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Chapter 10


After supper Paul brushed his clothes carefully and prepared to go to the address given him by Mr. Preston. He decided to walk one way, not wishing to incur the expenses of two railroad fares.

The distance was considerable, and it was nearly eight o'clock when he arrived at his destination.

Paul found himself standing before a handsome house of brown stone. He ascended the steps, and inquired, on the door being opened, if Mr. Preston was at home.

"I'll see," said the servant.

She returned in a short time, and said: "He says you may come upstairs."

Paul followed the servant, who pointed out a door at the head of the first staircase.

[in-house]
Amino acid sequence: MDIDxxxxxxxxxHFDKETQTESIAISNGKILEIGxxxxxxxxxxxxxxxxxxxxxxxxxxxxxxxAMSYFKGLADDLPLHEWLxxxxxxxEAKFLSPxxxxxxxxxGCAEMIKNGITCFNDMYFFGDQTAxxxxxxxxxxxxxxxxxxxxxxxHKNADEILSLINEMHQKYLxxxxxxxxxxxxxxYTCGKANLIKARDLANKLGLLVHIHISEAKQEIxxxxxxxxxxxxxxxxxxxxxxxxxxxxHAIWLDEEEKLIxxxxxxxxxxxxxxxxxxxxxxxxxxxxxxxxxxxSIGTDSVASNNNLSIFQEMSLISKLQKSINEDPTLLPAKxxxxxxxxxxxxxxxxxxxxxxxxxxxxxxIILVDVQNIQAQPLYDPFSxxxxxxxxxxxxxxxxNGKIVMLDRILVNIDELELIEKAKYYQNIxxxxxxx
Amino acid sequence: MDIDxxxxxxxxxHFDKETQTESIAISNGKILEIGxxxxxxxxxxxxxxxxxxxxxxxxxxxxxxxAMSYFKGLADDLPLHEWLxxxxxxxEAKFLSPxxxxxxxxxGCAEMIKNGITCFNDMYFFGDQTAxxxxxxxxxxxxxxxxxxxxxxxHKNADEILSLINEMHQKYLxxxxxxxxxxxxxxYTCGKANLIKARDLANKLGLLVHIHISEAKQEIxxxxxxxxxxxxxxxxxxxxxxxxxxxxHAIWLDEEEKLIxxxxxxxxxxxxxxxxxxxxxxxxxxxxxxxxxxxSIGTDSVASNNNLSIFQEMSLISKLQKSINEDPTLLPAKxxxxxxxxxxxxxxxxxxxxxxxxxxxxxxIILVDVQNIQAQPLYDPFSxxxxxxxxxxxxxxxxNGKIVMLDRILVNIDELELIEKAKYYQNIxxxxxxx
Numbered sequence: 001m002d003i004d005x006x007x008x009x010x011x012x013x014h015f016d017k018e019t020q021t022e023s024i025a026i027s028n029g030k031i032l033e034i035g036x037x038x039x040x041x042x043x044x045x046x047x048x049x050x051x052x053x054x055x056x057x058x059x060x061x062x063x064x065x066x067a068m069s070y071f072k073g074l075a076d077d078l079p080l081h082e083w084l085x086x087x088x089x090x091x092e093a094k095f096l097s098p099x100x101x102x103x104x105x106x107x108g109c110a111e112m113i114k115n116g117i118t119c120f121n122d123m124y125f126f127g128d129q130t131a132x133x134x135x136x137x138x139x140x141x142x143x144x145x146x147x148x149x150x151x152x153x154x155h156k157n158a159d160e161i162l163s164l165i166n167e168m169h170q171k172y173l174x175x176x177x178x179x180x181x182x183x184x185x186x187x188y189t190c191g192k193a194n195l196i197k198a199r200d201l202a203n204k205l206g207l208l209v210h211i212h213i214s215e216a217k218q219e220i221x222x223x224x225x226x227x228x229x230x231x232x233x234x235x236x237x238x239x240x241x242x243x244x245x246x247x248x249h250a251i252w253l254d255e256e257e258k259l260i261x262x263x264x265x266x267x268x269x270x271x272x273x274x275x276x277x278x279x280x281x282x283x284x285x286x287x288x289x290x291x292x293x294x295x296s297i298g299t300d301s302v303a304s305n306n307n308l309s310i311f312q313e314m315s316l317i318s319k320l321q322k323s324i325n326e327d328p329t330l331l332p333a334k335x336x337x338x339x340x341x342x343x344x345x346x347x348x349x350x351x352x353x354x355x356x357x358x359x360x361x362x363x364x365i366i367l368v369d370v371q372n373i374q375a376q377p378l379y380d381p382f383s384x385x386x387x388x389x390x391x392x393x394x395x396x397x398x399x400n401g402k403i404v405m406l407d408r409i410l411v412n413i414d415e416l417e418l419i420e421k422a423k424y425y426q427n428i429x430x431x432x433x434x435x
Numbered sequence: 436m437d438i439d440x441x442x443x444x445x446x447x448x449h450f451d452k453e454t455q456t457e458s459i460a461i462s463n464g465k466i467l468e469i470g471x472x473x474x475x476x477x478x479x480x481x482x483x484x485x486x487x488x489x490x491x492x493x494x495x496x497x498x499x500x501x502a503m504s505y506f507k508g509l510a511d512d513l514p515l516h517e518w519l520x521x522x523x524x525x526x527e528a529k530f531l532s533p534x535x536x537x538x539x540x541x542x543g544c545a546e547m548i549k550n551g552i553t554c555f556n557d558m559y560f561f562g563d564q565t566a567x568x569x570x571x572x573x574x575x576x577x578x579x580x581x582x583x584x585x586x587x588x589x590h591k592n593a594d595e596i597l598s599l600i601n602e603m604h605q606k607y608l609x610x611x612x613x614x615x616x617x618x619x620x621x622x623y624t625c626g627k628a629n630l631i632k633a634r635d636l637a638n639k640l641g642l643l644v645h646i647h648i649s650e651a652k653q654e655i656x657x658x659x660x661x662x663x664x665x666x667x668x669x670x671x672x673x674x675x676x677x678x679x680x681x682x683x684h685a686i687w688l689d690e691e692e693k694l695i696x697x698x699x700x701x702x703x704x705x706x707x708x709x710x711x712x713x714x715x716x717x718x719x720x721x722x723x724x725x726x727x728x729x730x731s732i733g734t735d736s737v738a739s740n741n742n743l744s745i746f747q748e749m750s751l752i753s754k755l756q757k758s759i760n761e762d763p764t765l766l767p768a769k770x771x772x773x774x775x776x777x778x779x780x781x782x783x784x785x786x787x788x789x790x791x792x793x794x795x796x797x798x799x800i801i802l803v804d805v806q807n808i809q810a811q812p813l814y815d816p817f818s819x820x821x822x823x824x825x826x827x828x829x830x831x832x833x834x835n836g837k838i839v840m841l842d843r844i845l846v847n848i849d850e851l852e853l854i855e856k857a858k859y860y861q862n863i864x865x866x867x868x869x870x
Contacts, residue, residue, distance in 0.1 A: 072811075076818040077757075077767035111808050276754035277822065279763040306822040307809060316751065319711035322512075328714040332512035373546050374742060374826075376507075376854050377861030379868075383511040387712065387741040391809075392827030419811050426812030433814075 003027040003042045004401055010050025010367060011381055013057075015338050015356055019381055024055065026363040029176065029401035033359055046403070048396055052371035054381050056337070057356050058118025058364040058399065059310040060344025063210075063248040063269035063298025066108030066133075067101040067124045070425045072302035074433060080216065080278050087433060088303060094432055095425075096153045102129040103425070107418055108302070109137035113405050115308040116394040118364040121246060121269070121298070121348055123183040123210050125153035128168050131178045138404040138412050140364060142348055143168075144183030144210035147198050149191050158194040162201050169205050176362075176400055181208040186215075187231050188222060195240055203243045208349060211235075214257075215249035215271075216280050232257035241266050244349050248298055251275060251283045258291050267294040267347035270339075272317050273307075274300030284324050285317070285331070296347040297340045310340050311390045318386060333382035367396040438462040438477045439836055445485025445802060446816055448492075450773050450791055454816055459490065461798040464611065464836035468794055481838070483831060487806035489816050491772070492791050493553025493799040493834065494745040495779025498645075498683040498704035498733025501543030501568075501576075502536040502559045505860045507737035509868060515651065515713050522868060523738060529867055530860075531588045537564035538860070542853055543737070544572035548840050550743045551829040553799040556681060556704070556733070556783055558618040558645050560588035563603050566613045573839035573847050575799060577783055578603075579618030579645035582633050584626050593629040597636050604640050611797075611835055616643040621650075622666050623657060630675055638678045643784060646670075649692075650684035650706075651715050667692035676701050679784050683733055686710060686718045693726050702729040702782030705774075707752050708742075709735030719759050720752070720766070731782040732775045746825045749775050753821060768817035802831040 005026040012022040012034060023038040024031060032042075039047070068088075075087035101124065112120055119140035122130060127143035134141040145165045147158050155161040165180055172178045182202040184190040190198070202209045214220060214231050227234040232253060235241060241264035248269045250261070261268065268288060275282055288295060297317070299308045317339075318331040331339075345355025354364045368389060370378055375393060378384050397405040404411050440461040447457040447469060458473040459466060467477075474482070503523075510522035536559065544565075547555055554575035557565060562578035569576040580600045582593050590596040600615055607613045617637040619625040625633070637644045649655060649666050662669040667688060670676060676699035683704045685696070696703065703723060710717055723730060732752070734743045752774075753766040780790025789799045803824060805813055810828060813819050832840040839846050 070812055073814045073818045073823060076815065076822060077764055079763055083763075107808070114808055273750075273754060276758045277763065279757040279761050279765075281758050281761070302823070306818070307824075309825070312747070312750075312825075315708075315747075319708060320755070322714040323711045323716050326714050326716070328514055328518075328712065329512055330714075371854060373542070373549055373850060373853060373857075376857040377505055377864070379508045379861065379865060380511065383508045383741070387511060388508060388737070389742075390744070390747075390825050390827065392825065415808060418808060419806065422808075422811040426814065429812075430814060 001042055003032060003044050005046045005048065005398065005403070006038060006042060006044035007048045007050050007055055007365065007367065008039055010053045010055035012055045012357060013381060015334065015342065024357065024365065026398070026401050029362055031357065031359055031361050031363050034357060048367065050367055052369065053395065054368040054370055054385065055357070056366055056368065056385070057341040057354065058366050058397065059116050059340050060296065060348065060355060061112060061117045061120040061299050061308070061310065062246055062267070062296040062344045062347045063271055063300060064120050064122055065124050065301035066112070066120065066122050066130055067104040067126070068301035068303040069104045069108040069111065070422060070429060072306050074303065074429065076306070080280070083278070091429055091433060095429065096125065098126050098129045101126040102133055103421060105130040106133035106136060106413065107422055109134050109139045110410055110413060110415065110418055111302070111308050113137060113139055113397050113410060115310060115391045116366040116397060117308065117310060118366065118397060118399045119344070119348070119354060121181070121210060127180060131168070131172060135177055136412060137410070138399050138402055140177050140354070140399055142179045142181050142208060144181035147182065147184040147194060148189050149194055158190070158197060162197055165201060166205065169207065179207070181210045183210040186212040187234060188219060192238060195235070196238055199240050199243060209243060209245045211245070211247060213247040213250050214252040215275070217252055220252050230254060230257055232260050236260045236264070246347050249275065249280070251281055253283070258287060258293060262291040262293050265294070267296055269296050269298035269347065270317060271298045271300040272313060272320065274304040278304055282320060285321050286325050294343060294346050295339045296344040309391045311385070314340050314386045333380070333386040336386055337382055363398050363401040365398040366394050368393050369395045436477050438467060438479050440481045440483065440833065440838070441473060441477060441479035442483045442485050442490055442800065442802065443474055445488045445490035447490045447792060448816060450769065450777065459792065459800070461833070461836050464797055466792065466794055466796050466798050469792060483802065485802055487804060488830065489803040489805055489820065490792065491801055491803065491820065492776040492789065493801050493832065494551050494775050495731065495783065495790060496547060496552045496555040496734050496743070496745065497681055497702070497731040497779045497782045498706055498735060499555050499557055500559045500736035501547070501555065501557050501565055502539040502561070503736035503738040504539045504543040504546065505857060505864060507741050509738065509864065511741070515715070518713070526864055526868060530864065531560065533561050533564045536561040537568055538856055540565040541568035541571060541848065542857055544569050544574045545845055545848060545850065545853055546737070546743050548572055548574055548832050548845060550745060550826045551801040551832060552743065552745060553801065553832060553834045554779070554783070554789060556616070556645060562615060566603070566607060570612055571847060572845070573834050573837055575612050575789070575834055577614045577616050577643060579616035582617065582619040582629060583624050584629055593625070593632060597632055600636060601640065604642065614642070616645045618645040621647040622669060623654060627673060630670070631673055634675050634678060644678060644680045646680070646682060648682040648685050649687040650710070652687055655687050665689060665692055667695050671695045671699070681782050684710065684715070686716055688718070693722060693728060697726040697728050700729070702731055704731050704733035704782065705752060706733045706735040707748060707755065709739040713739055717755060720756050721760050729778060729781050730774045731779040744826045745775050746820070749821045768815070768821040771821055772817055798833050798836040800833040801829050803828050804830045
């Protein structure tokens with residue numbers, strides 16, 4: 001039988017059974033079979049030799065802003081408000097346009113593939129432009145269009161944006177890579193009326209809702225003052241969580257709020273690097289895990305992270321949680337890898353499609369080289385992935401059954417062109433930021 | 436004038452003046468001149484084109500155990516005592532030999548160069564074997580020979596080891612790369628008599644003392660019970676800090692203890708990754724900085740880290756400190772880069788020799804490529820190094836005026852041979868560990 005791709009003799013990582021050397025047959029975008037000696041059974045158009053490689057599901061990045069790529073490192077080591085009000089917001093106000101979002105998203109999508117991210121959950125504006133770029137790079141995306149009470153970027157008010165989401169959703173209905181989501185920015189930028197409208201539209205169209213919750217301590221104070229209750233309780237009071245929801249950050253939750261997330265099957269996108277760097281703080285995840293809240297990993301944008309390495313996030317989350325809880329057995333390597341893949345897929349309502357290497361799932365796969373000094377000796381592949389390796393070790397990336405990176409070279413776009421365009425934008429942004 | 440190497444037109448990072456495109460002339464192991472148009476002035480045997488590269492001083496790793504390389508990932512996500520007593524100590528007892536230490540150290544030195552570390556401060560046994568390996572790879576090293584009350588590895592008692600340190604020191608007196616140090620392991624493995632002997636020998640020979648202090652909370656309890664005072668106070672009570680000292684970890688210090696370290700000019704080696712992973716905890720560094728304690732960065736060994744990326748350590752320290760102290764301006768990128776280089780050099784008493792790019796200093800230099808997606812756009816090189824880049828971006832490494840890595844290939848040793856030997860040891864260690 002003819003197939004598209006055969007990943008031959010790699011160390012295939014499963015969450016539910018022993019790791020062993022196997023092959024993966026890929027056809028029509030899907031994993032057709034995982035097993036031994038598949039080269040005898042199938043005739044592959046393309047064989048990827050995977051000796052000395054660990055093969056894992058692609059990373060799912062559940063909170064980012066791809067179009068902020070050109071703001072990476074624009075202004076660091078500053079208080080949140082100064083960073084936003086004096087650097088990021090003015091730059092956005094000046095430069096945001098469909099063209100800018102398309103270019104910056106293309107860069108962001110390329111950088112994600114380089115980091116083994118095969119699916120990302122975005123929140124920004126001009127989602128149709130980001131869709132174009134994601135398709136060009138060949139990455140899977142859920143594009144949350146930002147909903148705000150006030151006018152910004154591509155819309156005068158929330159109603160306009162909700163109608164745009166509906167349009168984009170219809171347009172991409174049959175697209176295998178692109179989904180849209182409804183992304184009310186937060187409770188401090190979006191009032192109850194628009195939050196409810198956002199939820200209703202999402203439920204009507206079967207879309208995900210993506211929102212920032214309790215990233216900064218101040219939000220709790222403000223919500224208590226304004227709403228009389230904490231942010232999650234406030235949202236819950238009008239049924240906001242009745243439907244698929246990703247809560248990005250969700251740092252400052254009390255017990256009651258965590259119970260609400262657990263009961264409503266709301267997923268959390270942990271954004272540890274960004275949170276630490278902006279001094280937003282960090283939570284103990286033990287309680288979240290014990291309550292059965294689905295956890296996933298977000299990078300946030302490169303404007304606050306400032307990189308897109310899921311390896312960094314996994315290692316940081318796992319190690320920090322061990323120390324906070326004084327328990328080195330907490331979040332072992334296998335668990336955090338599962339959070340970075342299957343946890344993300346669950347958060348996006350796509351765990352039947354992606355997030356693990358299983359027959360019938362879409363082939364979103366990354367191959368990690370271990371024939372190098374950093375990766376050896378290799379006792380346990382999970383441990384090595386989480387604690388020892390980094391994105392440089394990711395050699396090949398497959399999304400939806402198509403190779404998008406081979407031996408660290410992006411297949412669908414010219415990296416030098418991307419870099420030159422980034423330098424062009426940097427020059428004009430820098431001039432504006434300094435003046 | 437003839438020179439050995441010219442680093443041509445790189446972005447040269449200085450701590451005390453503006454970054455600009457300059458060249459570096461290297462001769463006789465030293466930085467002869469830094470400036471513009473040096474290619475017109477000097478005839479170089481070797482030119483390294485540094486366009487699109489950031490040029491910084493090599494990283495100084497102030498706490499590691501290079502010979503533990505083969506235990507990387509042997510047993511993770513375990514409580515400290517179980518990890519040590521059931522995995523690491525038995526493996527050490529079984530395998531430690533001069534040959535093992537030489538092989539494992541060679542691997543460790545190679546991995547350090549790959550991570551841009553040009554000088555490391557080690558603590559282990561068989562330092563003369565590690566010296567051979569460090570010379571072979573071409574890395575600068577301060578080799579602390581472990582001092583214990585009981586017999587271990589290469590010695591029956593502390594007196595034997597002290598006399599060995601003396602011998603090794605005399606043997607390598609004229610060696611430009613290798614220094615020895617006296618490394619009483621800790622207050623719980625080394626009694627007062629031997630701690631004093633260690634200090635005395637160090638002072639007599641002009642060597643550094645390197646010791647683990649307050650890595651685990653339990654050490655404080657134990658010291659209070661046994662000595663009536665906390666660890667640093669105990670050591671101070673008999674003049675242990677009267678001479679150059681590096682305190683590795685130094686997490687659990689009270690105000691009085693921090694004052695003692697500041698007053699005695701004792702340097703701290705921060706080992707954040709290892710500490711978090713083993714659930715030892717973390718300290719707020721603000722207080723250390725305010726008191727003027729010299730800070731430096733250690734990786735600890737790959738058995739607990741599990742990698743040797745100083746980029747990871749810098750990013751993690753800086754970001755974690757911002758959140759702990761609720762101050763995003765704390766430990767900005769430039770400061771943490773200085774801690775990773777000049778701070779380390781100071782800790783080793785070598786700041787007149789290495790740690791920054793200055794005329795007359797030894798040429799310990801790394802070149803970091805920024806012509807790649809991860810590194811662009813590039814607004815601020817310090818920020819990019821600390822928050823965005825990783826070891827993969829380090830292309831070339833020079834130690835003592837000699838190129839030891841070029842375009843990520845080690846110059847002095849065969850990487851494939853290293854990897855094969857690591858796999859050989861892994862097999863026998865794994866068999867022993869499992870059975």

Paul knocked, and, hearing "Come in" from within, he opened the door and entered.

He found himself in a spacious chamber, handsomely furnished. Mr. Preston, in dressing-gown and slippers, sat before a cheerful, open fire.

"Come and sit down by the fire," he said, sociably.

"Thank you, sir, I am warm with walking," and Paul took a seat near the door.

"I am one of the cold kind," said Mr. Preston, "and have a fire earlier than most people. You come about the shirts, I suppose?"

"Yes, sir."

"Will your mother undertake them?"

"With pleasure, sir. She can no longer get work from the shop."

"Business dull, I suppose?"

"Yes, sir."

"Then I am glad I thought of giving her the commission. How's business with you to-day, eh?"

"Pretty good, sir."

"How many neckties did you sell?"

"Nineteen, sir."

"And how much do you get for that?"